THE first Bridget Jones film was a delicious surprise.

Not only did it take a slight and highly-overrated book and turn it into a wonderfully charming movie, but it also showcased a perfect performance from American Renee Zellweger as the hapless British heroine.

Thus it was a great success, meaning that we are inevitably back here again in Sequelville.

But breathe out Bridget-buddies, as, despite the advance word on the quality of instalment number two, it's a more-than-satisfying end result, just slightly less charming than its earlier incarnation.

When we rejoin Ms Jones, she's off to her mother's annual festive gathering, just a few weeks after the conclusion of Bridget Mk One.

Uncle Geoffrey is still there pinching bottoms, while her dad is, as usual, moping in the corner smoking a sneaky fag.

But there's a blissful alteration in the shape of Bridget's boyfriend Mark Darcy (Colin Firth), present and correct and wearing his traditionally horrific Christmas jumper.

Would you believe it, Bridget has become practically a "smug married" herself, staring at her man while he sleeps and generally going gooey in all aspects of her daily life.

But, of course, things must go wrong for our heroine, and so she once again has a traumatic work-related incident and embarrasses herself horribly at a selection of social occasions.

And then dastardly Daniel Cleaver (a superbly arrogant Hugh Grant) returns to put a fly or five into the ointment with his new position as a travel presenter for Sit Up Britain.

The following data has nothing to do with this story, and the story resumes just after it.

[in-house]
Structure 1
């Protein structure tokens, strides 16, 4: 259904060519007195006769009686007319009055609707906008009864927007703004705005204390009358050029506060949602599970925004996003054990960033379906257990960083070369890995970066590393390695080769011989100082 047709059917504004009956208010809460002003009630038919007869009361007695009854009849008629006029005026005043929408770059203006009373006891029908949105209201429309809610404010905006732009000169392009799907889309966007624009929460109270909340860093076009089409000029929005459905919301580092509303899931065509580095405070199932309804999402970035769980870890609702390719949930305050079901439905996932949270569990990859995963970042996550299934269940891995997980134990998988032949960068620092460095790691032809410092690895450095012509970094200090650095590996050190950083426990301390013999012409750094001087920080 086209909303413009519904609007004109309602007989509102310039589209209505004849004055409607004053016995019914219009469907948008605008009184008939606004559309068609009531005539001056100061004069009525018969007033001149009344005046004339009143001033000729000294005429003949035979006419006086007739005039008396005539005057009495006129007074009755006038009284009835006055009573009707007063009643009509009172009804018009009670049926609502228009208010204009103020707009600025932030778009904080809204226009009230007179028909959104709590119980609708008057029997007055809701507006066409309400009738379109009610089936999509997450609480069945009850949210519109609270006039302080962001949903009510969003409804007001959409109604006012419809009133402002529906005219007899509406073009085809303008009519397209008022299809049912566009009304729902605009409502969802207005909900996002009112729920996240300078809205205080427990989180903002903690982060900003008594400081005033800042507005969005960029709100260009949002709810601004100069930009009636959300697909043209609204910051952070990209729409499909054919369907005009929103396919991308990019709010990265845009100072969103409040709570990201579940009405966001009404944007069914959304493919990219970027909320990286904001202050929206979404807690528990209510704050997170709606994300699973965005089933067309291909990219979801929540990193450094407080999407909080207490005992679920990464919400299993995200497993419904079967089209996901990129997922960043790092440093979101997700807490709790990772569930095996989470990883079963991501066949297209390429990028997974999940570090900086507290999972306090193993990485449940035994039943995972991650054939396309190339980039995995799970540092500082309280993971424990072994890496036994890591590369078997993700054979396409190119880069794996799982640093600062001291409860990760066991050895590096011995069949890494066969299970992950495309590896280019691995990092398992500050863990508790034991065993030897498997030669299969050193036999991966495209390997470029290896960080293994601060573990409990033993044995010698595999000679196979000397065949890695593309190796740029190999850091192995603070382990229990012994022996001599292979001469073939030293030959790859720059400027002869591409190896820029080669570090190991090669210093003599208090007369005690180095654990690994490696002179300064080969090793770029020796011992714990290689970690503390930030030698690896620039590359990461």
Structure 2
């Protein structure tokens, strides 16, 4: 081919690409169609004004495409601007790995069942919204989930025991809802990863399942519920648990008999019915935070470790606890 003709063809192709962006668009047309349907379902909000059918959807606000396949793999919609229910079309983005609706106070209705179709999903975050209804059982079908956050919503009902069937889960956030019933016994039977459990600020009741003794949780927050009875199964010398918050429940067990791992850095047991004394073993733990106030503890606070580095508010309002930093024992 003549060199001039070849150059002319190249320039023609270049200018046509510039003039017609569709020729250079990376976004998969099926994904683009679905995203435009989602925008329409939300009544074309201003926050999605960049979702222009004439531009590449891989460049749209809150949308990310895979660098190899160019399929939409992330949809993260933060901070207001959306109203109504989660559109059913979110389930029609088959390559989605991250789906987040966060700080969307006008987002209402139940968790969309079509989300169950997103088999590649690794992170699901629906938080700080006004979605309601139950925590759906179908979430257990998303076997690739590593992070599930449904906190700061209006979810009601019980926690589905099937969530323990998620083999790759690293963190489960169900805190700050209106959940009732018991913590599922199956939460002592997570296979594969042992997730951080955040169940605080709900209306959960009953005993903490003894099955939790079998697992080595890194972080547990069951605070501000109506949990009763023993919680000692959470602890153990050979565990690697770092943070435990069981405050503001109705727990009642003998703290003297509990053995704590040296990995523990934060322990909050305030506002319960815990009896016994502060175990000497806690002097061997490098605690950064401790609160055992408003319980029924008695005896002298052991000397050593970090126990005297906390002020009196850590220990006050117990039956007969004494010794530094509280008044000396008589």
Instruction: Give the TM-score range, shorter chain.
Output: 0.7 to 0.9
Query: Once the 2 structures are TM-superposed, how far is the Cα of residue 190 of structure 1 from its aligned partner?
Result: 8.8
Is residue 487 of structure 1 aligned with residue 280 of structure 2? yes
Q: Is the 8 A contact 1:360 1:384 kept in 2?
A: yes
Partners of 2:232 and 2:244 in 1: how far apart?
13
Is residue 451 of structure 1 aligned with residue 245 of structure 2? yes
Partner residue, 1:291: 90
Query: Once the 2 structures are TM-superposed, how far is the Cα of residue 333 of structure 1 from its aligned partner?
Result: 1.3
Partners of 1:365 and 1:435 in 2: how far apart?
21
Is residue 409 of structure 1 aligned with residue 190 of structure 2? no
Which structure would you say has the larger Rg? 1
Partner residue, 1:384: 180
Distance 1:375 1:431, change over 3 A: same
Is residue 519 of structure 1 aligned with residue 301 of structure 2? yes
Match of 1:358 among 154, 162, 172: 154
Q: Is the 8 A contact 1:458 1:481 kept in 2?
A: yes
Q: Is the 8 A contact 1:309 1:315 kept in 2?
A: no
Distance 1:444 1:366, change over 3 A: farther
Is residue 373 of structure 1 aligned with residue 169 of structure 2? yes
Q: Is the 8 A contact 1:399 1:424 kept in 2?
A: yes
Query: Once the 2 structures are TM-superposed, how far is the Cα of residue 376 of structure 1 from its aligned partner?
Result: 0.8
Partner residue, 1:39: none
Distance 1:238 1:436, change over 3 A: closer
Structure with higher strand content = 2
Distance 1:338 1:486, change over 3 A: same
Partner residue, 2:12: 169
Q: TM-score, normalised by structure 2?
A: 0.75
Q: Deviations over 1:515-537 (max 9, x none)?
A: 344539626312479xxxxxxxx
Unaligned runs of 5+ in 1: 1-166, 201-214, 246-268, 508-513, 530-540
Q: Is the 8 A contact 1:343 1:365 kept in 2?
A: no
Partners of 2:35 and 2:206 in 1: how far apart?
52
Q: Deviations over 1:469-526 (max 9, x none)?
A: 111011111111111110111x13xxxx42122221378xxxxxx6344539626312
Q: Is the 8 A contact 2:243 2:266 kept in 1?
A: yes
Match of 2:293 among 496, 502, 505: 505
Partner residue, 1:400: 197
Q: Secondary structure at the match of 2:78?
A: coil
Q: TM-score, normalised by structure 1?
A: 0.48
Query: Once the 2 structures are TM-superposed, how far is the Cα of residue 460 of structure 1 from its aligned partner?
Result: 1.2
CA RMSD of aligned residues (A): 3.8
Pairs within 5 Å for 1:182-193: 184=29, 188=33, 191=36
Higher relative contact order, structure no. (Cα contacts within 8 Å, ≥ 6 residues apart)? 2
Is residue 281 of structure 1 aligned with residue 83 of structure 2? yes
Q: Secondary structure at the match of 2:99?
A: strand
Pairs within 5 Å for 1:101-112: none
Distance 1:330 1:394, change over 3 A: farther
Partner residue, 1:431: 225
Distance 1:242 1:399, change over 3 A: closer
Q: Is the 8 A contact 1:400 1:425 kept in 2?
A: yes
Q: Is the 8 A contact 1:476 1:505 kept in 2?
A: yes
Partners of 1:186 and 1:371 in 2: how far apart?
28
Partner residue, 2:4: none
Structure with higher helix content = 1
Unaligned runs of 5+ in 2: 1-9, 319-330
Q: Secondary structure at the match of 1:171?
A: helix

Will our Bridge ever get the happy ending she so longs for?

As with the first film, Zellweger is this project's heart, soul and central figure of fun, waddling along and always looking like she's about to get into a horrible mess.

An audience's total identification with her means they will forgive the moments when the plot goes bonkers or when there is a little too much dj vu.

But as much as it's a fun journey, this tale of the totally expected may turn out to be somewhat of a disappointment for some.

If you've ever found Helen Fielding's presentation of women as crazed singletons, who evolve into bunny boilers when they finally snare a relationship, reductive and offensive, then this sweet concoction will not wash. It just seems much too soon that Bridget nosedives into thinking about babies and marriage.

It's also vexing that Bridget's perceived competition in these films always turns out to be some stick insect model-type, and that Firth must play Mr Repressed Posh against Grant's wildly sexual bad boy.

It is director Beeban Kidron's achievement that it's still possible to enjoy the shenanigans despite the limitations.

You'll leave this film smiling and satisfied - but let's not push it with another sequel.